Happy Sunday, pattern lovers! Summer has returned to the UK which has meant I’ve not been as productive as I would have liked. The latest Spoonflower challenge was ‘moths’ and I really wanted to enter but didn’t get my entry finished in time. I have read that it is important to ensure that you regularly (weekly, at least) put designs on sites for sale, in order to increase your exposure. However, it’s also important to not compromise on the quality of the work produced. I’m looking into time-saving tricks and figuring out which steps of Adobe Illustrator can be scripted, in order to speed up the design process. Do you use any time-saving scripts for your design work?
I have been getting outside for walks this week and sketching and painting. The moth design (name as yet undecided) incorporates pen and pencil drawings from my sketchbook.
Tip of the week
To get these sketches into Adobe Illustrator, I do the following:
- Use your home printer to scan the image
- An alternative is to take a good quality photo, ideally in natural daylight
- The examples above are all photos, not scans
- Save the image to a folder on your computer
- When it’s a photo from my phone, I usually send it via BlueTooth to my laptop (Windows) where it’s stored in “BlueTooth Folder”
- Open Adobe Illustrator and start a new document
- Go to File | New… or press CTRL+N (Windows) or CMD+N (Mac)
- In the “New Document” select any ‘Preset’ and change the settings to get a 1200-by-1200px document at 300dpi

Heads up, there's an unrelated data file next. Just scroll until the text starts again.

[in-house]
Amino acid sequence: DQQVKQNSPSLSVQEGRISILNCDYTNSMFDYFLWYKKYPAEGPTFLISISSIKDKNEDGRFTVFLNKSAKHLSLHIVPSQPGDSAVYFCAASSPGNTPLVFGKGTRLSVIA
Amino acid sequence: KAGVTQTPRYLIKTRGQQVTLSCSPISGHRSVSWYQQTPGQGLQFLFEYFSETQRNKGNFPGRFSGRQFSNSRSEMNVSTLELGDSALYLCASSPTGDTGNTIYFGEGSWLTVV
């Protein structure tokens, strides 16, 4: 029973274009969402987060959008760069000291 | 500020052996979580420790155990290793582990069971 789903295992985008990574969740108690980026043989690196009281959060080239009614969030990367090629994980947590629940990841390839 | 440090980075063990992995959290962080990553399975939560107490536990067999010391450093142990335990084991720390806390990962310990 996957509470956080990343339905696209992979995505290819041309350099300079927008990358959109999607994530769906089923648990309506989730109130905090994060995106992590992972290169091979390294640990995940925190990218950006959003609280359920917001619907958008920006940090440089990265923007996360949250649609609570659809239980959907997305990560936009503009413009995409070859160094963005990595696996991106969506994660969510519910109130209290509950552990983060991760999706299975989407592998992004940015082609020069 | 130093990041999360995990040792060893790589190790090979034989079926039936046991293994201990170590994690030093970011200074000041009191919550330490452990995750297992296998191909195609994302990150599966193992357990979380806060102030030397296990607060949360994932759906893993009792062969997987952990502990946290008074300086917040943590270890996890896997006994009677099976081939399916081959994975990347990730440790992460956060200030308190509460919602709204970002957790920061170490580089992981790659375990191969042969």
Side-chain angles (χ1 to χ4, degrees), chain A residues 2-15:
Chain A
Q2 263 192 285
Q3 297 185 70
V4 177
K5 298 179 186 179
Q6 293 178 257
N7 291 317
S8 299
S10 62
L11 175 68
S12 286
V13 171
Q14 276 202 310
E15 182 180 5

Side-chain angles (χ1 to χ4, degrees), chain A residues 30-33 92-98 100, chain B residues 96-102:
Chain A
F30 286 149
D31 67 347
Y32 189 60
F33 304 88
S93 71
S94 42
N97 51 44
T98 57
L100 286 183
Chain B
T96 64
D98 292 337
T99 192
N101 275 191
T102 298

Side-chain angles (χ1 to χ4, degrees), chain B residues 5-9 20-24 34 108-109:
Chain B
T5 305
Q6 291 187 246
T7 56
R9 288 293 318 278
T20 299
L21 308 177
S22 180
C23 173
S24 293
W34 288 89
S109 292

- Click “Create”
- Place the image (your scan or photograph) on the artboard
- Go to File | Place … or CTRL+SHIFT+P (Windows) or SHIFT+CMD+P (Mac)
- Find the image and double-click it (or select the “Open” button)
- The mouse cursor will show the image
- Click and drag a rectangle on the artboard – the photo will appear when you release the mouse button
- Scale the picture by pressing “S” and dragging the edges or corners (“anchors”) until it fits
Now you have an image on your artboard to you can manually trace, trace with the “Image Trace” function, or use as the basis of a colour palette.
In place of a podcast, I have a mini-series to recommend to you. Covering 5 decades of the lives of choreographer Bob Fosse and his wife and creative collaborator Broadway star, Gwen Verdon, Fosse/Verdon is an 8-part drama series. The costume designer, Michelle Toth, paid meticulous attention to the historical detail in the costumes which was a challenge, in account of the length of time the programme covers. Their daughter Nicole Fosse was an executive producer on the series, giving access to Verdon’s wardrobe as well as to memories of life with her parents. An in-depth interview with Toth can be read here, where she talks about the particular difficulties involved, including sourcing 1970s leotards!
Which leads me nicely onto the pattern theme of week 5: Dance.
Clockwise from left:
A traditional ballerina design from Olga Berlet on Redbubble.
This single motif is unusual from Danceink also on Redbubble.
Dancing on a thread by Illustrative Images is almost an abstract design and I like the movement in this.
And last but not least, we have Hula Dancers by Tasiania on Spoonflower.
I have been doing a painting-a-day challenge for the last couple of weeks and found a great YouTube tutorial from Heartmade for vectorising watercolour paintings. This is perfect if you want to have a break from digital design and get out your watercolour paints but still be able to transform that design from paper to vector.
All the best for your week ahead!